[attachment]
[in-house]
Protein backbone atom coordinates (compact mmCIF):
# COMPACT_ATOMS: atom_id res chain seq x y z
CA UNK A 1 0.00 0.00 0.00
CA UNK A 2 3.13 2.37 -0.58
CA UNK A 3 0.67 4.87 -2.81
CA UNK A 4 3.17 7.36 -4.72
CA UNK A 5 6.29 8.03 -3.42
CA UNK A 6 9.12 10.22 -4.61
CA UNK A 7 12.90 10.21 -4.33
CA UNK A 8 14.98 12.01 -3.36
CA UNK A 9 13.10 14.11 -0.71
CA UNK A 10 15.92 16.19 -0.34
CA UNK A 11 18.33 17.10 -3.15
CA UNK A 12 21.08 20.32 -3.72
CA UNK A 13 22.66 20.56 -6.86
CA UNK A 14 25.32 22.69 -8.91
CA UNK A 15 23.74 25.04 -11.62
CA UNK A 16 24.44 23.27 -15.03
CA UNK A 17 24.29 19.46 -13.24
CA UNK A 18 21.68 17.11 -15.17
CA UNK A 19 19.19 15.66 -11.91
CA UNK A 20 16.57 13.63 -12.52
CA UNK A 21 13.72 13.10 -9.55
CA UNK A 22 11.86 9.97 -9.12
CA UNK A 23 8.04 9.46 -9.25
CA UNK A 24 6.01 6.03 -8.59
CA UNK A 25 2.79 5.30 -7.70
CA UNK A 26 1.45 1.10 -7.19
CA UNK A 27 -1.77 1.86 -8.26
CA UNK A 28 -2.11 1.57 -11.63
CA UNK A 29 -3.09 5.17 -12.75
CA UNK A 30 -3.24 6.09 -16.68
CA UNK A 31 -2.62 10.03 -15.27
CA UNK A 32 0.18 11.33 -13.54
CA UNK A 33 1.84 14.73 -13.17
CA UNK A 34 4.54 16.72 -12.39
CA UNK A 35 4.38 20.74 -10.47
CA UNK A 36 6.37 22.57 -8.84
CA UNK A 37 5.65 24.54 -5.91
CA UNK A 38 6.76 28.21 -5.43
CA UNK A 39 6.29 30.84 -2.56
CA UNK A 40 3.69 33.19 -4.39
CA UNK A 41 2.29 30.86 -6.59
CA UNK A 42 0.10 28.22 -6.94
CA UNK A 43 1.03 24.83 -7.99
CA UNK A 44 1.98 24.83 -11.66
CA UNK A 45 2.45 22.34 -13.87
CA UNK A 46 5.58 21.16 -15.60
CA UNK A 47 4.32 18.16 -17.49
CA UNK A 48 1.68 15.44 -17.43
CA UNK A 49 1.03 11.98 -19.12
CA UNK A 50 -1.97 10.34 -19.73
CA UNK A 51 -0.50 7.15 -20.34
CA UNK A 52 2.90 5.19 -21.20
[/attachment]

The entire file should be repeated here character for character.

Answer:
[in-house]
Protein backbone atom coordinates (compact mmCIF):
# COMPACT_ATOMS: atom_id res chain seq x y z
CA UNK A 1 0.00 0.00 0.00
CA UNK A 2 3.13 2.37 -0.58
CA UNK A 3 0.67 4.87 -2.81
CA UNK A 4 3.17 7.36 -4.72
CA UNK A 5 6.29 8.03 -3.42
CA UNK A 6 9.12 10.22 -4.61
CA UNK A 7 12.90 10.21 -4.33
CA UNK A 8 14.98 12.01 -3.36
CA UNK A 9 13.10 14.11 -0.71
CA UNK A 10 15.92 16.19 -0.34
CA UNK A 11 18.33 17.10 -3.15
CA UNK A 12 21.08 20.32 -3.72
CA UNK A 13 22.66 20.56 -6.86
CA UNK A 14 25.32 22.69 -8.91
CA UNK A 15 23.74 25.04 -11.62
CA UNK A 16 24.44 23.27 -15.03
CA UNK A 17 24.29 19.46 -13.24
CA UNK A 18 21.68 17.11 -15.17
CA UNK A 19 19.19 15.66 -11.91
CA UNK A 20 16.57 13.63 -12.52
CA UNK A 21 13.72 13.10 -9.55
CA UNK A 22 11.86 9.97 -9.12
CA UNK A 23 8.04 9.46 -9.25
CA UNK A 24 6.01 6.03 -8.59
CA UNK A 25 2.79 5.30 -7.70
CA UNK A 26 1.45 1.10 -7.19
CA UNK A 27 -1.77 1.86 -8.26
CA UNK A 28 -2.11 1.57 -11.63
CA UNK A 29 -3.09 5.17 -12.75
CA UNK A 30 -3.24 6.09 -16.68
CA UNK A 31 -2.62 10.03 -15.27
CA UNK A 32 0.18 11.33 -13.54
CA UNK A 33 1.84 14.73 -13.17
CA UNK A 34 4.54 16.72 -12.39
CA UNK A 35 4.38 20.74 -10.47
CA UNK A 36 6.37 22.57 -8.84
CA UNK A 37 5.65 24.54 -5.91
CA UNK A 38 6.76 28.21 -5.43
CA UNK A 39 6.29 30.84 -2.56
CA UNK A 40 3.69 33.19 -4.39
CA UNK A 41 2.29 30.86 -6.59
CA UNK A 42 0.10 28.22 -6.94
CA UNK A 43 1.03 24.83 -7.99
CA UNK A 44 1.98 24.83 -11.66
CA UNK A 45 2.45 22.34 -13.87
CA UNK A 46 5.58 21.16 -15.60
CA UNK A 47 4.32 18.16 -17.49
CA UNK A 48 1.68 15.44 -17.43
CA UNK A 49 1.03 11.98 -19.12
CA UNK A 50 -1.97 10.34 -19.73
CA UNK A 51 -0.50 7.15 -20.34
CA UNK A 52 2.90 5.19 -21.20